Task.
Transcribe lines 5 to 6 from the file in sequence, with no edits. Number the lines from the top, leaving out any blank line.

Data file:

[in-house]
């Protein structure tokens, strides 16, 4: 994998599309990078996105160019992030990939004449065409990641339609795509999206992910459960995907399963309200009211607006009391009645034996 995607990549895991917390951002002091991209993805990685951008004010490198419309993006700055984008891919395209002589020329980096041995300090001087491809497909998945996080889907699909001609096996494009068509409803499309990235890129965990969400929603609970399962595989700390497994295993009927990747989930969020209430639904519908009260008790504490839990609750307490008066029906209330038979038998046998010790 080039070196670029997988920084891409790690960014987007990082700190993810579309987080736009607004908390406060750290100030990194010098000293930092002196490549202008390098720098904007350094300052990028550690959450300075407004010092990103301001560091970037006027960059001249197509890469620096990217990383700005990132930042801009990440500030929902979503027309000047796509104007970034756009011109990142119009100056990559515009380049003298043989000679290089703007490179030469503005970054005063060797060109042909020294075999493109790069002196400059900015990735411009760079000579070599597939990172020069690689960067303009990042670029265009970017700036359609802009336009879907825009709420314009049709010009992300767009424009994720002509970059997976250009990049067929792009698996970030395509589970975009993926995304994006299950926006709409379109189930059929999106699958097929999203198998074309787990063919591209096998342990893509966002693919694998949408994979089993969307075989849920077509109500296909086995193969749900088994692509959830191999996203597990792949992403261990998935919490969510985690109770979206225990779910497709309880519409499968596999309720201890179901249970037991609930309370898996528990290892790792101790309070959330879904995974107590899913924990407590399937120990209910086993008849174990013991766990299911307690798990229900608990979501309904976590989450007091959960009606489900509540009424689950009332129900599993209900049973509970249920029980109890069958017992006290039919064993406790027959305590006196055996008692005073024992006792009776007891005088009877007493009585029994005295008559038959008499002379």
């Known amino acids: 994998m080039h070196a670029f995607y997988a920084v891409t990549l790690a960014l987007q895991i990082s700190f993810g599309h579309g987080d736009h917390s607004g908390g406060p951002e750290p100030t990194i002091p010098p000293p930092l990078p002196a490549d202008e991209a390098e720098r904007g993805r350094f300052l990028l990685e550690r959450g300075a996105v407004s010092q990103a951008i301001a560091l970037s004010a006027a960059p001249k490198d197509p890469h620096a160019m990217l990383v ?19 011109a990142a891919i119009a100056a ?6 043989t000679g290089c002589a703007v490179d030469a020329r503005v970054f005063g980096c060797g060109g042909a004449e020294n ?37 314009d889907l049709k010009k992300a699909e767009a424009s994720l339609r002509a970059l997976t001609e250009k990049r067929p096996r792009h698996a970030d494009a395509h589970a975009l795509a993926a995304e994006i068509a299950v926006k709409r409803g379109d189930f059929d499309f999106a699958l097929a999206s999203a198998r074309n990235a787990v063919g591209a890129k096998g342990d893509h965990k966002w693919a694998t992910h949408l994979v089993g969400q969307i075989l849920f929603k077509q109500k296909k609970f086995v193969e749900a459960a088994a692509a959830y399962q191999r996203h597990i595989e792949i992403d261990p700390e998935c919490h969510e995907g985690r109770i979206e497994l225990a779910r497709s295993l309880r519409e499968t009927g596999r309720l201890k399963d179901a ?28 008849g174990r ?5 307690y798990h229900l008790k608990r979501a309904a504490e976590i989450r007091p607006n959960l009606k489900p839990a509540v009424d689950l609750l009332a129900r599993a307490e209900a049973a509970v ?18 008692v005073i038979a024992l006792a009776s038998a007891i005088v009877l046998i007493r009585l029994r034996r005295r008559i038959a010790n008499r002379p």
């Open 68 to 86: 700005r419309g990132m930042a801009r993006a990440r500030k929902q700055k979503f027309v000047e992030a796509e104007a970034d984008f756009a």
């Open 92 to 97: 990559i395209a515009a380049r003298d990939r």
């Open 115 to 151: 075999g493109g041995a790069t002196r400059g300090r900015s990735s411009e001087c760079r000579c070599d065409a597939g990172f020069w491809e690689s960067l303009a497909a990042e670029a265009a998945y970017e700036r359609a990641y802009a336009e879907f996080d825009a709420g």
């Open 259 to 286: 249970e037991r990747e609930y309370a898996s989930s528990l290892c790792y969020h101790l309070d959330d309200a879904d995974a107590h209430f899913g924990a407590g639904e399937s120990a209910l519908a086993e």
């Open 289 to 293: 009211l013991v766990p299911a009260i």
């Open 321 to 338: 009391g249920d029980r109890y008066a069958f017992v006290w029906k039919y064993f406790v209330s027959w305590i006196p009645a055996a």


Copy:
């Open 92 to 97: 990559i395209a515009a380049r003298d990939r």
């Open 115 to 151: 075999g493109g041995a790069t002196r400059g300090r900015s990735s411009e001087c760079r000579c070599d065409a597939g990172f020069w491809e690689s960067l303009a497909a990042e670029a265009a998945y970017e700036r359609a990641y802009a336009e879907f996080d825009a709420g």